8. Education — This is another core problem, with serious concerns of overcrowding in our classrooms and too many students per class, thus reducing their chances of a good education. The facilities in our schools are generally very poor. We have been told how in the last how many year the government is implementing electronic devises and various other equipment to help our students — but it seems the education system is failing our children.

9. Infrastructure. I don’t know what to say positively here as we have been told by the FijiFirst Government in previous elections that Fiji can be such as Australia and New Zealand. This is a very unfortunate statement — and maybe having running water in our taps or even a constant supply of electricity might help us just to have basic needs. The infrastructure of our nation is collapsing. Go and look at the roads within a few kilometres of your home. Go and look at the local health centres and hospitals, at footpaths and upkeep of parks and basic services.  These points of concern have to be pointed out to encourage or even plead with the government to take note of the severe hardship and mounting problems going forward.

10. Failed State — I keep hearing this word “failed state” as people are now referring to Fiji as soon becoming bankrupt and facing fi nancial disaster. I like to think we still have hope of coming out of the huge debts we have incurred over the last few years.

I believe we are not a failed state, but we are heading that way if we continue to rack up huge government debt and refuse to listen to the financial experts in this field.

There are many more controversial subjects, like the public pleading to choose their own locally elected councilors instead of being forced to accept special administrators appointed by central government without a say.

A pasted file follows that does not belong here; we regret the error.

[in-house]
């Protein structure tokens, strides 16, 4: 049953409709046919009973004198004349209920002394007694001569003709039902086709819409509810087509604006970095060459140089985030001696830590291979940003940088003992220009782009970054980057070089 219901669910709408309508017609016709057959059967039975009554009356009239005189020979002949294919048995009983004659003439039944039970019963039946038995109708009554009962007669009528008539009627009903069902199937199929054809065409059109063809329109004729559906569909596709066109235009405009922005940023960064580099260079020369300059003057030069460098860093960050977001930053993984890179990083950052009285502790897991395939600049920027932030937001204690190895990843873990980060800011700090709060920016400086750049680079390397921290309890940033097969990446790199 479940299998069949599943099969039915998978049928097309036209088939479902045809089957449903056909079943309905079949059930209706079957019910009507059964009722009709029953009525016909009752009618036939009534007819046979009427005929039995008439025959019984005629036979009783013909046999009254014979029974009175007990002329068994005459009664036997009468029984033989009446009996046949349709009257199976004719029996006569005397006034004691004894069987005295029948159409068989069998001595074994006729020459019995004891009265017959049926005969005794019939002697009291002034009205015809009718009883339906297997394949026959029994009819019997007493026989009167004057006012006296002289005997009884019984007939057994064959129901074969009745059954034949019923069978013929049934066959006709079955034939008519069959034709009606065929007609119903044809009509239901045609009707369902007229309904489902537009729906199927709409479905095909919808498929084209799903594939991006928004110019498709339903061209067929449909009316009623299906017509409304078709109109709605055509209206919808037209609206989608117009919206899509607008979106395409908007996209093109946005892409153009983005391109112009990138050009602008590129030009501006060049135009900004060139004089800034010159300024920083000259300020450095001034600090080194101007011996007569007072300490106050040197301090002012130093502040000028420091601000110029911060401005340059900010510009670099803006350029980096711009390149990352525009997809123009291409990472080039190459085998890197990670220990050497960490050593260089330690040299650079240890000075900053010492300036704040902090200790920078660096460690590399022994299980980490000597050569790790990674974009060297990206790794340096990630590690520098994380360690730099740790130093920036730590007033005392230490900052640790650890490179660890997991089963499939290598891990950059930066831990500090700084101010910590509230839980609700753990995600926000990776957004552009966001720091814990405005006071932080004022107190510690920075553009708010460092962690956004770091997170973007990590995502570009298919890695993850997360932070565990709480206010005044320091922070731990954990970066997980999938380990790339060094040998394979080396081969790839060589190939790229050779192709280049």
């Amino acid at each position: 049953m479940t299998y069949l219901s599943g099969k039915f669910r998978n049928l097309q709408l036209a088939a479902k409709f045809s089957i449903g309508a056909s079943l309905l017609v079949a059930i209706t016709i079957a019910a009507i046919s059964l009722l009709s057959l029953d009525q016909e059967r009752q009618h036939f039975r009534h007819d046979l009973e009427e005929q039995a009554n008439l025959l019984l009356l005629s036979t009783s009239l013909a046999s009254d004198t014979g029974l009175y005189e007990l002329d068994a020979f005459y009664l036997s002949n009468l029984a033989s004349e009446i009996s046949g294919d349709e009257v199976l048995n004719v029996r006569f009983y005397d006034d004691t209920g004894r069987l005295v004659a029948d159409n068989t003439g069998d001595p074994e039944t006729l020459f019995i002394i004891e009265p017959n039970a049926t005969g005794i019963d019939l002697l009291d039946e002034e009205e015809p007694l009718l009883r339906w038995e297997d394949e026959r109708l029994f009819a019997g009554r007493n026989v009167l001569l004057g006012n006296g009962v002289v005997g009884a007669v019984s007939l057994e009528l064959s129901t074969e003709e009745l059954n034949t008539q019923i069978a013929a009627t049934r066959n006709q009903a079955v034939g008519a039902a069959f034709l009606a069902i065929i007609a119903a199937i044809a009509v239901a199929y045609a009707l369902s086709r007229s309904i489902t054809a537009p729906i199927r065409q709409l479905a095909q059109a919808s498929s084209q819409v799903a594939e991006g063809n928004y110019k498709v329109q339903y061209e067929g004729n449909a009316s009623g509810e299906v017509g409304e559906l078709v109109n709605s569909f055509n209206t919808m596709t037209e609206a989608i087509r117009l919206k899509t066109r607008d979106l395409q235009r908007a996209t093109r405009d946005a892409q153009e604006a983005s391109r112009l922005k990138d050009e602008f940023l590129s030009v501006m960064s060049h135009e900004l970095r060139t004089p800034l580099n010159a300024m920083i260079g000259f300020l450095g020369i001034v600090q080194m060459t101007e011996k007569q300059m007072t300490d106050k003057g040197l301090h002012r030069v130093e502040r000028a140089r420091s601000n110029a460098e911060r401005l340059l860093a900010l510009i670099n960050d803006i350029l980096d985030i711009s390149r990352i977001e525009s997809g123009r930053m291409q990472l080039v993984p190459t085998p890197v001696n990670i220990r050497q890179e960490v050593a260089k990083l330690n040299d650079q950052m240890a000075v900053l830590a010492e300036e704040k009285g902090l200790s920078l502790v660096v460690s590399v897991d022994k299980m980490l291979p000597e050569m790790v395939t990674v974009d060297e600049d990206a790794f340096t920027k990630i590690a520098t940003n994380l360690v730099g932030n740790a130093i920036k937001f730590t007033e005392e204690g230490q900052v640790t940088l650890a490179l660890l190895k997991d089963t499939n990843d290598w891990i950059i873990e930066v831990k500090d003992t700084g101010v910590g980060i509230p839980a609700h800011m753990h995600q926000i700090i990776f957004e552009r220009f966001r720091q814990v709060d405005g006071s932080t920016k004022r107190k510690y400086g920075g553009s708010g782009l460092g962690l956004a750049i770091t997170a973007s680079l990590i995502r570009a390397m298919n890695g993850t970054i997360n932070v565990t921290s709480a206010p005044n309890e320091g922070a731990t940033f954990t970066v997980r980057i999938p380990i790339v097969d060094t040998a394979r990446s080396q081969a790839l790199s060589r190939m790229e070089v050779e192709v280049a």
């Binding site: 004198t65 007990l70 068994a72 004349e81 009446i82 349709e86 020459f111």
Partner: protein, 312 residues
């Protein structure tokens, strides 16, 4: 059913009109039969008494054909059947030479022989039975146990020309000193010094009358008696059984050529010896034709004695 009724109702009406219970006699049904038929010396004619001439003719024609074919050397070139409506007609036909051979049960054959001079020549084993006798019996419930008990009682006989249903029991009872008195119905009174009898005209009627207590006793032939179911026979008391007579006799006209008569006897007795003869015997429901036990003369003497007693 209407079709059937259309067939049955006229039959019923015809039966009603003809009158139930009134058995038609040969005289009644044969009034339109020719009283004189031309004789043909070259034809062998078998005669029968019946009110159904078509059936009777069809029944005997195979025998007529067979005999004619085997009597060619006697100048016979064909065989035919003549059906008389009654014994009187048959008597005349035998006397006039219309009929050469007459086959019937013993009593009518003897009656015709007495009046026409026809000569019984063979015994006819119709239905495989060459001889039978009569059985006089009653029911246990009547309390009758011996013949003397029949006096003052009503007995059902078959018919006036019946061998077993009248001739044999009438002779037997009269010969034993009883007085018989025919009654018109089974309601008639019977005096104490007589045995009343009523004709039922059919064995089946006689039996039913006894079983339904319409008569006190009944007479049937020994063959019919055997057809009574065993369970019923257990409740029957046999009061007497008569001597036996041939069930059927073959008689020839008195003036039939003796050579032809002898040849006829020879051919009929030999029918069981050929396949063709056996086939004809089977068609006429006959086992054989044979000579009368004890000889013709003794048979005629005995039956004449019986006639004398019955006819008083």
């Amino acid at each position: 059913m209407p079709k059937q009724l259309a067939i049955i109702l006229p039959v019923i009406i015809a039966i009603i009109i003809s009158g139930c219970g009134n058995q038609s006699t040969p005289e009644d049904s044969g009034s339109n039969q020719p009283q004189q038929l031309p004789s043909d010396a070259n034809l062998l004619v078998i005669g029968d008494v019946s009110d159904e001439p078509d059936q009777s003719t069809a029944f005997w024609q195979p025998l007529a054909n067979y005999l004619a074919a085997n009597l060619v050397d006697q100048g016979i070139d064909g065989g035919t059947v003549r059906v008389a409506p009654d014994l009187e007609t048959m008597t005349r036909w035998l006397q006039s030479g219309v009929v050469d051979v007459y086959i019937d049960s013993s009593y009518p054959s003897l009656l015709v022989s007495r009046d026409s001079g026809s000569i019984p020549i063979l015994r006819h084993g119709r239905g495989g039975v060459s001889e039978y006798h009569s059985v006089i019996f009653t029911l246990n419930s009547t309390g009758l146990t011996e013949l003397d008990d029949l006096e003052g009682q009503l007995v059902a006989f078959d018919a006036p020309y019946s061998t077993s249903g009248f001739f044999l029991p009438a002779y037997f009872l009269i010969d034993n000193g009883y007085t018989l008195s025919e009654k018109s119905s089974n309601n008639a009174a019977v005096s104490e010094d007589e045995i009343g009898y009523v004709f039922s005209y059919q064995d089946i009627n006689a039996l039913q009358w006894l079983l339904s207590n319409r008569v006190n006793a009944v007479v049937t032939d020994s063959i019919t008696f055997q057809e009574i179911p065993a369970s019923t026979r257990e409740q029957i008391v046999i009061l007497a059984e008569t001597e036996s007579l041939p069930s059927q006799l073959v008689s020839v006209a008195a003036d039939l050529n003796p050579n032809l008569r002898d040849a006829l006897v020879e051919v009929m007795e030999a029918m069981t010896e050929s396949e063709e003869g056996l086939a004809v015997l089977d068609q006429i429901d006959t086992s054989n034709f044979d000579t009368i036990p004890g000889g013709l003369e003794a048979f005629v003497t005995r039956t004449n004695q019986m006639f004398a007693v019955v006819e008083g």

There is the deportation of the USP vice-chancellor and his wife in the middle of the night and the continued non-payment of USP fees owed by the Government.

This will ultimately impact on the university’s ability to offer world class education. This list, too, goes on.

This analysis might be difficult to digest if you are a government minister or assistant minister. It is certainly not a criticism of some of the work you may have done, but the overall assessment, from the public’s point of view and certainly current polling figures, indicates that people want a change.

I am seeing so many people who never wanted to be involved in politics, but now are being actively involved for the greater good of the nation as they want to be the movement of change. Finally, now is the time for government to sit back, assess and take stock of this grim situation.

Maybe it’s time to consider hanging up the gloves, saying goodbye and letting others lead our nation with inclusiveness, dedication, vigor, passion and commitment in their hearts, and hopefully rescue us from what seems to be the brink of disaster.

  • AJAY BHAI AMRIT is a founding member of The People’s Alliance party and is also a freelance writer. The views expressed in this article are his and does not necessarily reflect the views of this newspaper